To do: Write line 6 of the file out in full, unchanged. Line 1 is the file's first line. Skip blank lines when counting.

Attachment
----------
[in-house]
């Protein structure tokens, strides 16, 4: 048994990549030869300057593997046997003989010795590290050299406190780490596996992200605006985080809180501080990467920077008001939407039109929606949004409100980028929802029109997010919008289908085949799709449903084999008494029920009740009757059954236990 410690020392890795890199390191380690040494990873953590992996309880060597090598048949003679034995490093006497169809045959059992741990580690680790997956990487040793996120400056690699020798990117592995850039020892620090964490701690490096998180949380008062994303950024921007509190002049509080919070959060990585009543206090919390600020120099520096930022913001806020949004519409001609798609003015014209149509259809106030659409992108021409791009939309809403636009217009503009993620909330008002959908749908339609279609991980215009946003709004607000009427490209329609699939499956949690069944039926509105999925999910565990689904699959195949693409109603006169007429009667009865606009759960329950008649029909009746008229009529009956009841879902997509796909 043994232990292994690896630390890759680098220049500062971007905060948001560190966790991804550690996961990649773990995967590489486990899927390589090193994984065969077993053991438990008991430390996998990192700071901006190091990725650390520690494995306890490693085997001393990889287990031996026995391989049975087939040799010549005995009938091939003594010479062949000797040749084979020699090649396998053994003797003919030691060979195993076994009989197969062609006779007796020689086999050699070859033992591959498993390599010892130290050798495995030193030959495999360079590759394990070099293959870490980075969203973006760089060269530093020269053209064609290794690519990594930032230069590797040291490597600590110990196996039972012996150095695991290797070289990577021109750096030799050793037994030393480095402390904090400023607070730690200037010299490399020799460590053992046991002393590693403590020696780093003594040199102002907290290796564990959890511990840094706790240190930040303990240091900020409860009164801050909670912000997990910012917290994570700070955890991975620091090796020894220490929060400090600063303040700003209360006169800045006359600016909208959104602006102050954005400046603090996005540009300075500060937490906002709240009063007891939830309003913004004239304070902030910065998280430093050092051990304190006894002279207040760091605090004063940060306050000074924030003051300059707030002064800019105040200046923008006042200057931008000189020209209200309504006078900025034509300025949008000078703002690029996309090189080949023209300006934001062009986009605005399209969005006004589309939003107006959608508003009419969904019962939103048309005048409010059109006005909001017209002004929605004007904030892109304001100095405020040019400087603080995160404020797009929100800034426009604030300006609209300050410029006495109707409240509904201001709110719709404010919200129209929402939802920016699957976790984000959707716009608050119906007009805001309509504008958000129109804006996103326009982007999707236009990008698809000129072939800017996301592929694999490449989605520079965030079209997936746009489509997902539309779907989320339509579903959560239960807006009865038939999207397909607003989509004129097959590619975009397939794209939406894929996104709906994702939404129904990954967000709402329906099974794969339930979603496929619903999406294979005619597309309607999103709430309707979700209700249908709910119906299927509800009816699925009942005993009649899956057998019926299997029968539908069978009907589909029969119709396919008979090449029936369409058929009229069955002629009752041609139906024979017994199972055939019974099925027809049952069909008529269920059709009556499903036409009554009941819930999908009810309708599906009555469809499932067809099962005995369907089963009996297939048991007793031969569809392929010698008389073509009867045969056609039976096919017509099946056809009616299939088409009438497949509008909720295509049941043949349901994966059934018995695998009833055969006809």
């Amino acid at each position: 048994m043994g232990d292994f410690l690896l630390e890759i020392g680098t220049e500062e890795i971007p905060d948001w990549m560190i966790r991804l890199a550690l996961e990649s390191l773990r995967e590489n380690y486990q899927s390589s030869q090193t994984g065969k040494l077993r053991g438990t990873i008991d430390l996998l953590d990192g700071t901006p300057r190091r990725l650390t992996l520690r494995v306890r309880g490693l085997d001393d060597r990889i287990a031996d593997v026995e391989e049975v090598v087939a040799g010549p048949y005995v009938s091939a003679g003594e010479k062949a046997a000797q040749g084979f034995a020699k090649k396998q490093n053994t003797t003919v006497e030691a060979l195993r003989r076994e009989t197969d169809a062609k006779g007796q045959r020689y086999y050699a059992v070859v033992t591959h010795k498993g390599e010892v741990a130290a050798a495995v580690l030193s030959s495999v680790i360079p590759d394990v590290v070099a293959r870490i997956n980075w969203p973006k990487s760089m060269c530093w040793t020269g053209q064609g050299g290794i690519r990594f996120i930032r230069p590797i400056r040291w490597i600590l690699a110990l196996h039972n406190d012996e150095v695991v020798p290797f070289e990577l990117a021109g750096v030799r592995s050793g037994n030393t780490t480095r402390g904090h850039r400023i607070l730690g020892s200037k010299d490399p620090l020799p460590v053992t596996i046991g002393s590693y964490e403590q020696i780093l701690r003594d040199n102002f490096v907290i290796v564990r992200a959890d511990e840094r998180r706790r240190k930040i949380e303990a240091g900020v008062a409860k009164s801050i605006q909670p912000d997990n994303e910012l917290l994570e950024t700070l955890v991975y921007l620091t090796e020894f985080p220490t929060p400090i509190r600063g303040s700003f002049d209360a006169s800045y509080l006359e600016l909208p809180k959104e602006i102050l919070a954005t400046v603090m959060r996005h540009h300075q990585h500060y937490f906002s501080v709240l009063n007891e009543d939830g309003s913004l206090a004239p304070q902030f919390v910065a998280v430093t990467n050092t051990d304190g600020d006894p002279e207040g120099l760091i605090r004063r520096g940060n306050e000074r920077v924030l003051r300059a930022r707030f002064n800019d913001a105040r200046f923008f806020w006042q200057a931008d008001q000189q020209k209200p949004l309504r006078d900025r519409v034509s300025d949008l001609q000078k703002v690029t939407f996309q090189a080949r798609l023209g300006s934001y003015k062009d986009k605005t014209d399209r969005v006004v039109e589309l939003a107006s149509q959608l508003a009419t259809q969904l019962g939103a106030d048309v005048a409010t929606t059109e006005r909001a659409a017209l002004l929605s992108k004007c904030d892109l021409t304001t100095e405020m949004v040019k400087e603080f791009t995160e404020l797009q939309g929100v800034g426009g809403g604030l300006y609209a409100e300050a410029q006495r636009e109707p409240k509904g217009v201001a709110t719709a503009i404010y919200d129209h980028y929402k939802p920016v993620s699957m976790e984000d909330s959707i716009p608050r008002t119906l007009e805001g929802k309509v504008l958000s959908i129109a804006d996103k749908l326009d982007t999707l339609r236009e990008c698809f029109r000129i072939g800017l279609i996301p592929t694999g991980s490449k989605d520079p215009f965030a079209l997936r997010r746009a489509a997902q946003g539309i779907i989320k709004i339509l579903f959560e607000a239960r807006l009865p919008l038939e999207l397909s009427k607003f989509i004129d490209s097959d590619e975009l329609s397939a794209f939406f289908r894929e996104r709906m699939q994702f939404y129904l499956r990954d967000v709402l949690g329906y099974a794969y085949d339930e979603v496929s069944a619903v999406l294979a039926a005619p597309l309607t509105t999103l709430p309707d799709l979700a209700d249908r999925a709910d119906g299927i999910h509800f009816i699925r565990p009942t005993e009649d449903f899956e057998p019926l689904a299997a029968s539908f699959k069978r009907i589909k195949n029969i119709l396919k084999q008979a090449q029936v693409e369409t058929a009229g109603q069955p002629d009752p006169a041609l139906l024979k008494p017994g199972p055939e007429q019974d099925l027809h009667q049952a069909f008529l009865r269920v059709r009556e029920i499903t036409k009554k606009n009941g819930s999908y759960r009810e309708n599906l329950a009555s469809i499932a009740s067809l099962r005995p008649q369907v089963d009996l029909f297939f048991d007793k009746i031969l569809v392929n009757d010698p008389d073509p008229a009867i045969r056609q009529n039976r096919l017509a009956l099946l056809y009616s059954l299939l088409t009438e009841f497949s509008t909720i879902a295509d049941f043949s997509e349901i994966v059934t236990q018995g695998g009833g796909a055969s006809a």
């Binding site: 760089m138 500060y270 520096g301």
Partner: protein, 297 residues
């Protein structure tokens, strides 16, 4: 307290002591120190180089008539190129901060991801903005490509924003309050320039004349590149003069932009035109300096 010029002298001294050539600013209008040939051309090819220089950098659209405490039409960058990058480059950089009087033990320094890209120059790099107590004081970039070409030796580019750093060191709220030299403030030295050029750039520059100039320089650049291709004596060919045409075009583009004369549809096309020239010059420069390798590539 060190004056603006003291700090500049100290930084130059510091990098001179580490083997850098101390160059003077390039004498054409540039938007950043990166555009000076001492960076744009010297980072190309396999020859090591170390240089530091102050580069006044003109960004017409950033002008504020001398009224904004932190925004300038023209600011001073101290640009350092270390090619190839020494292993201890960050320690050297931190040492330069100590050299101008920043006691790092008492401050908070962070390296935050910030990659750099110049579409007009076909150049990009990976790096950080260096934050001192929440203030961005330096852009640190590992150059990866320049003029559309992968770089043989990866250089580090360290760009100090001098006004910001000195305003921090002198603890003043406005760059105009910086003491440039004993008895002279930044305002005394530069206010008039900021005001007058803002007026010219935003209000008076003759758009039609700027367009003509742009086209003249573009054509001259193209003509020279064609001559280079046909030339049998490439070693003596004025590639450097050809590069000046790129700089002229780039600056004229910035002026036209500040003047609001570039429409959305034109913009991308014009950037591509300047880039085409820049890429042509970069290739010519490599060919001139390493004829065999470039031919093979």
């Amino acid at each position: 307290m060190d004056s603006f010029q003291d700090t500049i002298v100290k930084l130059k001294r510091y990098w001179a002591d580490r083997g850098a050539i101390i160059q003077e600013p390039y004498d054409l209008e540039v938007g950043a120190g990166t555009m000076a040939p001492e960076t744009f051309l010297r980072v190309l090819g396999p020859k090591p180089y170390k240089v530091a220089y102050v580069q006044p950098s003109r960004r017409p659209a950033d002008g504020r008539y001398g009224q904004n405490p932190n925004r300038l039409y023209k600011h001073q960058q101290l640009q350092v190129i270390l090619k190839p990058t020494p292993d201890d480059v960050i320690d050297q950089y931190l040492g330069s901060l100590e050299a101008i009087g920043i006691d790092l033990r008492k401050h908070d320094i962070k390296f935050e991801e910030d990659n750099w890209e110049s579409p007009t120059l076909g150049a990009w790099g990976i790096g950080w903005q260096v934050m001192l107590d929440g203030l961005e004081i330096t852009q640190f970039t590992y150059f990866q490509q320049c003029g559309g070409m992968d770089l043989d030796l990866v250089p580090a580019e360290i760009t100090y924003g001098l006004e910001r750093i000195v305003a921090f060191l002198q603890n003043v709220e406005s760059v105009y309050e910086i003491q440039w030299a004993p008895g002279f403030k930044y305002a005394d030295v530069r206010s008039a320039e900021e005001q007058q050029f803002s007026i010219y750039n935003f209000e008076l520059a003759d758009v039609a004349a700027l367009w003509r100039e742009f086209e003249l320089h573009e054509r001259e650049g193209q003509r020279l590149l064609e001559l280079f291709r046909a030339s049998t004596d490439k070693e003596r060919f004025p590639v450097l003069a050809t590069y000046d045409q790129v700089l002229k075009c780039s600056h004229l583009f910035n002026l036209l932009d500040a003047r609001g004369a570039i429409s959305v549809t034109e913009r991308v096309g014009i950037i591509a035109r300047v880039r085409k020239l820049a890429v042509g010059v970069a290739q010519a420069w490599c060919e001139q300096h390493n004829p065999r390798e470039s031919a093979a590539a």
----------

């Protein structure tokens, strides 16, 4: 307290002591120190180089008539190129901060991801903005490509924003309050320039004349590149003069932009035109300096 010029002298001294050539600013209008040939051309090819220089950098659209405490039409960058990058480059950089009087033990320094890209120059790099107590004081970039070409030796580019750093060191709220030299403030030295050029750039520059100039320089650049291709004596060919045409075009583009004369549809096309020239010059420069390798590539 060190004056603006003291700090500049100290930084130059510091990098001179580490083997850098101390160059003077390039004498054409540039938007950043990166555009000076001492960076744009010297980072190309396999020859090591170390240089530091102050580069006044003109960004017409950033002008504020001398009224904004932190925004300038023209600011001073101290640009350092270390090619190839020494292993201890960050320690050297931190040492330069100590050299101008920043006691790092008492401050908070962070390296935050910030990659750099110049579409007009076909150049990009990976790096950080260096934050001192929440203030961005330096852009640190590992150059990866320049003029559309992968770089043989990866250089580090360290760009100090001098006004910001000195305003921090002198603890003043406005760059105009910086003491440039004993008895002279930044305002005394530069206010008039900021005001007058803002007026010219935003209000008076003759758009039609700027367009003509742009086209003249573009054509001259193209003509020279064609001559280079046909030339049998490439070693003596004025590639450097050809590069000046790129700089002229780039600056004229910035002026036209500040003047609001570039429409959305034109913009991308014009950037591509300047880039085409820049890429042509970069290739010519490599060919001139390493004829065999470039031919093979």